The tour started in the iconic Kruger National Park before heading over the border into what looked like an exciting part of the Mozambique coastline. The meeting point for the tour was at the Punda Maria Rest Camp in northern Kruger, always a great place to start unwinding. After entering the park through the Phalaborwa gate, I recall one of the children’s comments: “Okay, I see why they call it Big Game to Coral Reefs.” Standing lazily next to the road was an older elephant bull. On reflection, his relaxed and peaceful demeanour set the trend for the rest of our trip!

We met the Bhejane team and the rest of our travel companions at the camp and were happy to settle into our tents and enjoy the wonderful bush noises from around the campfire.

Just before dinner was served my wife whispered: “I hope the food is going to be as good as last time!” Comfort, the Bhejane chef on this tour, definitely didn’t let us down. And while our tour leader, Peter Collins, went into detail regarding what was in store over the coming days, we all felt ourselves unwinding and beginning to relax. At one point Peter got quite serious while explaining the two long driving days that lay ahead of us but the reward – he assured us – would be well worth it when we arrived at the magnificent Mozambique coastline.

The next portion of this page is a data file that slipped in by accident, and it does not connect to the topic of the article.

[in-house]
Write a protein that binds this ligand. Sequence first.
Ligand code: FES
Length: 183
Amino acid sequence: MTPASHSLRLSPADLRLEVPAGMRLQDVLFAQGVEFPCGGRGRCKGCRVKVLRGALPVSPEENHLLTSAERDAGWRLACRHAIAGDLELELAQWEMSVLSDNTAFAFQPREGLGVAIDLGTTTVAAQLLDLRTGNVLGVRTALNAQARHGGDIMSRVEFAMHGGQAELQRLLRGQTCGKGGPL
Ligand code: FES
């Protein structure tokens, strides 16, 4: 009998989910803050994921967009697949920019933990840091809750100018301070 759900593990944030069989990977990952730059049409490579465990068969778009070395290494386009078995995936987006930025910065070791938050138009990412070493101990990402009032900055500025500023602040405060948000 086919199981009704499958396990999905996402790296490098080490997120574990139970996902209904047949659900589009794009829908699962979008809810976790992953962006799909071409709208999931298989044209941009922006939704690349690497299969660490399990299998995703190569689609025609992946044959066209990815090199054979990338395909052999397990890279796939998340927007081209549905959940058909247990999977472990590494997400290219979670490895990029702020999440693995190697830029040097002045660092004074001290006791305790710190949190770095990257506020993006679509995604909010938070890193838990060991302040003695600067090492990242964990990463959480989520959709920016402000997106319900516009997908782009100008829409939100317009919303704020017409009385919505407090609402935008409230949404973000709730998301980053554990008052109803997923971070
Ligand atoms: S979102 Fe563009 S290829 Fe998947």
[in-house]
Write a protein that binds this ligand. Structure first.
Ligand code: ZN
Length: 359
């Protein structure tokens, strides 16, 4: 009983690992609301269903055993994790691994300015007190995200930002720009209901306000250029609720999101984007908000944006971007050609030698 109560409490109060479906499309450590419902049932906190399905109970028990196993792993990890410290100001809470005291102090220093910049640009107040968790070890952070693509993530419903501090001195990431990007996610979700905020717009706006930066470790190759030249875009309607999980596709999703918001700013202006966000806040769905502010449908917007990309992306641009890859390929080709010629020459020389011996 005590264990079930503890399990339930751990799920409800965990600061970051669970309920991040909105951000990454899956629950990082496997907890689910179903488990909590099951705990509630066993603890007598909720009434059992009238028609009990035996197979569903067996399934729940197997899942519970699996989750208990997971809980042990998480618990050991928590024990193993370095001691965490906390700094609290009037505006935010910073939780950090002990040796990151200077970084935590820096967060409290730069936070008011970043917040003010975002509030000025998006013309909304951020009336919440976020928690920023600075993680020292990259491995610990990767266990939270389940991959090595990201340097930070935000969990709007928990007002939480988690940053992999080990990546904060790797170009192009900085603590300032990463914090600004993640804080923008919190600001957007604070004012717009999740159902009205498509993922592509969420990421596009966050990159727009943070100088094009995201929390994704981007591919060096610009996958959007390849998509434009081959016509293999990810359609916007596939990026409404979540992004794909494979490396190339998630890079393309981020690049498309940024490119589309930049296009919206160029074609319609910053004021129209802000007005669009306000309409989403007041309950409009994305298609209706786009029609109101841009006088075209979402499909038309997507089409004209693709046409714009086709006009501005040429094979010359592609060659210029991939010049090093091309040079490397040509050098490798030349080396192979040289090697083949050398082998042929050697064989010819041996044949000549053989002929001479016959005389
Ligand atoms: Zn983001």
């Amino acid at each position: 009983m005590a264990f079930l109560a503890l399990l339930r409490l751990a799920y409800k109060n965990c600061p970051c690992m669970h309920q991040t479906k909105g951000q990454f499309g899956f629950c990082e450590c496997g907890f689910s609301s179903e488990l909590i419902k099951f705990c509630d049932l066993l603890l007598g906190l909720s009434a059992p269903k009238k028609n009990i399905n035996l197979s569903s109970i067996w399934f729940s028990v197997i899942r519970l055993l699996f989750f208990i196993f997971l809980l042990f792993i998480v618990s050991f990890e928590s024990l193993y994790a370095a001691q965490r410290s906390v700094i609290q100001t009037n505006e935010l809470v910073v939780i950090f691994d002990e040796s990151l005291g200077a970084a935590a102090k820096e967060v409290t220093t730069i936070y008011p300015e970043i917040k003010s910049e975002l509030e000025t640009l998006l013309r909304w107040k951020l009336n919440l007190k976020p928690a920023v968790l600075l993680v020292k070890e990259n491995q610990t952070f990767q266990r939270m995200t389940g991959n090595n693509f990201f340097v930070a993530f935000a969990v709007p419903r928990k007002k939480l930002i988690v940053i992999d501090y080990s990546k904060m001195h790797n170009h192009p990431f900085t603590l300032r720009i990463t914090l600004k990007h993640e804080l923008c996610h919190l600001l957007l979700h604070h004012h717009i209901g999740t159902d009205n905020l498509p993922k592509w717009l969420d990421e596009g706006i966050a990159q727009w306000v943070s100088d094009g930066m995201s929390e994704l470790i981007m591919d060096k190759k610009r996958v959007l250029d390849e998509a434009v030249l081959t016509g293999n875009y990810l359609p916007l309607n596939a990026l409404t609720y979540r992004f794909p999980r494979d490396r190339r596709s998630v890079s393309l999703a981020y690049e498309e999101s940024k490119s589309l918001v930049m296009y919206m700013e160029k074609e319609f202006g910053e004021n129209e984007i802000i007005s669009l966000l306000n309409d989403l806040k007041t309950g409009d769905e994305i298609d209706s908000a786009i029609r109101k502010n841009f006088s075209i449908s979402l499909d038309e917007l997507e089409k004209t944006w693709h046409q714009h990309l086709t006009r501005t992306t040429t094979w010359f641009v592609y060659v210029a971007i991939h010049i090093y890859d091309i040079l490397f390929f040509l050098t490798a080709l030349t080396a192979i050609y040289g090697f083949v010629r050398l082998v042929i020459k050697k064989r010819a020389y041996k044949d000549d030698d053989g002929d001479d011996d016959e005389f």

The next morning it was up early to get the vehicles packed and ready and it was such a treat not to have to worry about cleaning dishes, packing tents and such. We made an early start and headed to the Pafuri border post that would take us into Mozambique. We had been well briefed the previous night, so leaving South Africa and entering Mozambique at the border was not at all difficult. Bhejane had also made us very aware what paperwork was required for our vehicles and ourselves in their final tour information. It was a breeze.

And yes, the next two days and 400km of bumpy roads with a very adventurous river crossing over the mighty Limpopo River was exactly as Peter had warned us. Fortunately, a local entrepreneur puts wire netting down in the river so that vehicles don’t get stuck and according to the Bhejane crew, we got off easy… When the Limpopo is fuller all the vehicles would have had to go cross the river one by one on a homemade ferry!